NUMBER=2-258218
    CONTENT=
    VOICED AT:

    INTRO: Turkish police have found the bodies of 10 missing businessmen who were believed to have been kidnapped by an armed Islamic radical group known as the Hizbollah. Amberin Zaman in Ankara reports the discovery in an Istanbul house follows a shootout one- day earlier between Istanbul police and Hizbollah militants.

    TEXT: During the nearly five-hour shootout, Istanbul police shot dead Huseyin Velioglu the leader of the most deadly faction of the armed Islamic group known as Hizbollah. Two other militants were captured in the operation that security officials described as the most crippling blow yet to the organization. Acting on a tip from the captured militants, Istanbul police raided a slum dwelling on the Asian side of the city where they discovered 10-naked bodies with their hands tied behind their back. Reports say it seems likely the decomposed bodies are those of several Kurdish businessmen with links to a moderate Islamic brotherhood known as the Nurcus. The businessmen had mysteriously disappeared during the past few months. There were widespread reports they had been kidnapped by Hizbollah for refusing to give them money. But these reports have not been confirmed. Elsewhere, Turkish authorities captured nine Hizbollah militants, including the group's Ankara leader, during separate raids in the capital and in the southern provinces of Adiyaman and Gazaiantep. Little is known about Hizbollah. But officials say the group has no known links with a Lebanese organization with the same name. The Turkish media has widely reported charges that Turkish security forces used Hizbollah members in the early 1990's to kill hundreds of Kurdish dissidents. Turkish security officials deny the charges and say Hizbollah is being trained and financed by Iran to subvert Turkey's secular government. They say Wednesday's raids revealed evidence that link the group to the murder of a prominent pro-secular writer last year. (SIGNED)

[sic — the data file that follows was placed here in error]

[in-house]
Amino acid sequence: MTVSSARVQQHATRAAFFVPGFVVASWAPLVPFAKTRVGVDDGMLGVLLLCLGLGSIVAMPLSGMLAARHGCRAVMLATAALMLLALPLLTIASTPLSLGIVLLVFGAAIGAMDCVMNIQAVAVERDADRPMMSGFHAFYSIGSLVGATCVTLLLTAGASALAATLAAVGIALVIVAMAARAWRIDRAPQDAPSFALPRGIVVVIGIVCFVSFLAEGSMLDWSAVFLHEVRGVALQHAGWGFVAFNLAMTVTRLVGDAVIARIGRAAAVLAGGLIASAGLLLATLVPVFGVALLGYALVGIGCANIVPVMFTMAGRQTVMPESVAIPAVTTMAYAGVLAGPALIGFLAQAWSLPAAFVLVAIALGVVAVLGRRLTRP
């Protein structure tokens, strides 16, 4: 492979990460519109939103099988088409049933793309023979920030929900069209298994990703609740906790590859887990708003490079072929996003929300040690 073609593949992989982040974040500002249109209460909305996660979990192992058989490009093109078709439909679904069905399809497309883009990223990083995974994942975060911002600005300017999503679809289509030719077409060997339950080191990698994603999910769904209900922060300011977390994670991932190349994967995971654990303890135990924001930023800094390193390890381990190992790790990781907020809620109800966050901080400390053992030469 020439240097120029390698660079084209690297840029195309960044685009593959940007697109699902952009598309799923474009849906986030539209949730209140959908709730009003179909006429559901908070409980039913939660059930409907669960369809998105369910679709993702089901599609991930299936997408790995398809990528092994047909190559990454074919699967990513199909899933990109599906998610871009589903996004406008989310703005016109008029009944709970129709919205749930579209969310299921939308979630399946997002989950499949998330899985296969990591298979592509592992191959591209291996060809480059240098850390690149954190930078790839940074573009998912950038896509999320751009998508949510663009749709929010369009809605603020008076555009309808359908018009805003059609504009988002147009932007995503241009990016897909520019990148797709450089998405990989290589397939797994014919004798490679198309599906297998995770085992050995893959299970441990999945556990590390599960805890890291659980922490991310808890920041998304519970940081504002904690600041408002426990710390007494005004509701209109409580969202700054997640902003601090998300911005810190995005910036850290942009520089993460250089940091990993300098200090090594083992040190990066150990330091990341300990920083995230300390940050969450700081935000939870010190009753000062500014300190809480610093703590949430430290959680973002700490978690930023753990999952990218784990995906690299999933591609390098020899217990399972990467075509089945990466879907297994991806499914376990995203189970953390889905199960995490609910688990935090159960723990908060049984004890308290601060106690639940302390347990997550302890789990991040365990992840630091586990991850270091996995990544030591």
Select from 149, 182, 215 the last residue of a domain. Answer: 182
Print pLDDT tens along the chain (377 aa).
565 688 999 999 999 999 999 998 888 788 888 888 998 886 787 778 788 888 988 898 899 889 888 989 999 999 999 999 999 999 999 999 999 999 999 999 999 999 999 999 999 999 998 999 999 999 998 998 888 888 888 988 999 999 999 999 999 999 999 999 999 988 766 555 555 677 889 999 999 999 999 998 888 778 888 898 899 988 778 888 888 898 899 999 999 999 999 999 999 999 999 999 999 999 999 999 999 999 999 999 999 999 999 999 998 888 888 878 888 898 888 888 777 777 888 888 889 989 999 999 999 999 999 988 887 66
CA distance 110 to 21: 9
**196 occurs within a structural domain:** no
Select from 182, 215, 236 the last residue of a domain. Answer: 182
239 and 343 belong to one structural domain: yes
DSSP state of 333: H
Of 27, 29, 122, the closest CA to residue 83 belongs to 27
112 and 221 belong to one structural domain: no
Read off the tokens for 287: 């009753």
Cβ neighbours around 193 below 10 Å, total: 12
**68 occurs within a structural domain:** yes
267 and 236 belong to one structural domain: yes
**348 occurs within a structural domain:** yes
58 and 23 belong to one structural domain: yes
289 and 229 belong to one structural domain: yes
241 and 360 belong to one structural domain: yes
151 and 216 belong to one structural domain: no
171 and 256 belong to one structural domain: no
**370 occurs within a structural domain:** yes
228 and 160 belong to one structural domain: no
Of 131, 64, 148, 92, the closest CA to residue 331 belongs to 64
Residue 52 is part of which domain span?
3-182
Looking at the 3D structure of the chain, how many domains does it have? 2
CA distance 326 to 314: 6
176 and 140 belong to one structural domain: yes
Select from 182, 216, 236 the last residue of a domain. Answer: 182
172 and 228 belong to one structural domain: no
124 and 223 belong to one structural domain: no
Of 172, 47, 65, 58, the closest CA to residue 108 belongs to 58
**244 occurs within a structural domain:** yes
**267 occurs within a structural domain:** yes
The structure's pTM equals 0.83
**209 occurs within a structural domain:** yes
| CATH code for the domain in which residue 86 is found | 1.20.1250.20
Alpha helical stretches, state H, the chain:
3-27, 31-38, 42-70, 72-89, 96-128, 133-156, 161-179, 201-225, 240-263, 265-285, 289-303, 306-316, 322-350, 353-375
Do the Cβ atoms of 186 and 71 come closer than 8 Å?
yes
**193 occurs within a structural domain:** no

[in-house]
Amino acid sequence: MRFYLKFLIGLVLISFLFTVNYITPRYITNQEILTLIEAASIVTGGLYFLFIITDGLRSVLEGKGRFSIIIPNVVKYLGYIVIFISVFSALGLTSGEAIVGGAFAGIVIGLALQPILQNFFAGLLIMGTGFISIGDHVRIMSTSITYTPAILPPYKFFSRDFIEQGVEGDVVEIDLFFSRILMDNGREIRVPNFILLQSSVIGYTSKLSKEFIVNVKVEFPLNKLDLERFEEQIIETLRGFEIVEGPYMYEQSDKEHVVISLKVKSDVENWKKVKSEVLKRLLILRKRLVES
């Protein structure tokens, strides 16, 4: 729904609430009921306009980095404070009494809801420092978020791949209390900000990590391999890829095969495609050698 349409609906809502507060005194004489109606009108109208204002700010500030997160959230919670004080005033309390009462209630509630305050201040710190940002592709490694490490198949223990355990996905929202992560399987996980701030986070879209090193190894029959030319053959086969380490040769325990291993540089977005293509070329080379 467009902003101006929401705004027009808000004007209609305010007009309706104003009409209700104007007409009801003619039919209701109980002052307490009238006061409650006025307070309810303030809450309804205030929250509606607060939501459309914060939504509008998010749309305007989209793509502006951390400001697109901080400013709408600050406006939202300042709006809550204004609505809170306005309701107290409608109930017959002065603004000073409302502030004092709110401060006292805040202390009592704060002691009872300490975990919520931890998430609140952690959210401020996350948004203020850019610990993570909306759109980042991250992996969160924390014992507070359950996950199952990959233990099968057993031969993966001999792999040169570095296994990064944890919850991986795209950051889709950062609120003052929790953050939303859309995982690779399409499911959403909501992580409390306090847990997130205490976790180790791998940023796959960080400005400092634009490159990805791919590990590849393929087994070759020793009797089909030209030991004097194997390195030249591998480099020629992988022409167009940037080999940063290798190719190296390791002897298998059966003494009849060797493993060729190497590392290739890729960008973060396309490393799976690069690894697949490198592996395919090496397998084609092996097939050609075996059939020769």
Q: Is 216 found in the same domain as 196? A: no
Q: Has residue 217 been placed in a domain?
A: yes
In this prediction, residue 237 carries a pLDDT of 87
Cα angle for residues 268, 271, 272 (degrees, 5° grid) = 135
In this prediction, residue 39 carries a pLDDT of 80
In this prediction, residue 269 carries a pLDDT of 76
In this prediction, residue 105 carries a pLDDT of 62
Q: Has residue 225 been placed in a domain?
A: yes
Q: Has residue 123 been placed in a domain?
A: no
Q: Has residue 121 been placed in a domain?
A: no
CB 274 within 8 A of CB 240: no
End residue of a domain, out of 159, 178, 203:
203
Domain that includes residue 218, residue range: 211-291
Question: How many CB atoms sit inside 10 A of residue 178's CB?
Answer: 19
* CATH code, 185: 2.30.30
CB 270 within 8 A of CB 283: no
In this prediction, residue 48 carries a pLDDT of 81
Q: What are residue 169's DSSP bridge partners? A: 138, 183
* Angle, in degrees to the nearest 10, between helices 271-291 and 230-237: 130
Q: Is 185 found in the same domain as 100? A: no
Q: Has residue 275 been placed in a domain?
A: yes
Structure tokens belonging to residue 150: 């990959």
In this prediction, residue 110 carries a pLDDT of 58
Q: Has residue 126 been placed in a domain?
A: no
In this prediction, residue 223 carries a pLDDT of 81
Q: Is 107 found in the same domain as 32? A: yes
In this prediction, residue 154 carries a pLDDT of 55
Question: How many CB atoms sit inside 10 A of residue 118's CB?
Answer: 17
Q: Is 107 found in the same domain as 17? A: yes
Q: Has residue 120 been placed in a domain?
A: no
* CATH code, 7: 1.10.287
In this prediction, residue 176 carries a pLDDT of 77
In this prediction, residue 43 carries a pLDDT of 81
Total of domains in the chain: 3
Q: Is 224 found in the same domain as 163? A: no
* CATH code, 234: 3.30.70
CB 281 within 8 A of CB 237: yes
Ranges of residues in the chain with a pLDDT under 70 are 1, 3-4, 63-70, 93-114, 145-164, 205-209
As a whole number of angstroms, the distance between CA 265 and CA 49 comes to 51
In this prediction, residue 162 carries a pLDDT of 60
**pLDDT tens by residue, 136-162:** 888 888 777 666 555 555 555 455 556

NEB/AZ/JWH/RAE 19-Jan-2000 13:43 PM EDT (19-Jan-2000 1843 UTC)
    NNNN
    Source: Voice of America


    [03] ARKAN KILLING BY NICK SIMEONE (WASHINGTON)

    DATE=1/19/2000
    TYPE=BAKCGROUND REPORT
    NUMBER=5-45271
    CONTENT=
    VOICED AT:

    INTRO: There is widespread speculation in Yugoslavia that the government of President Slobodan Milosevic may have had a hand in the assassination of the fugitive paramilitary leader known as Arkan. Even though Arkan is known to have no shortage of enemies, opinion both in Serbia and abroad is that he may have been gunned down because he was prepared to cooperate with war crimes prosecutors who have not only indicted him but the Yugoslav leader as well. For years, the notorious Arkan, whose real name is Zeljko Raznatovic, has been wanted by Interpol for crimes in Western Europe and is widely believed to have been given free reign by Belgrade to commit atrocities against civilians during the wars in Bosnia and Croatia. Correspondent Nick Simeone in Washington takes a look at the mystery behind the death of the man one Western official in the Balkans calls a psychopathic mass murderer.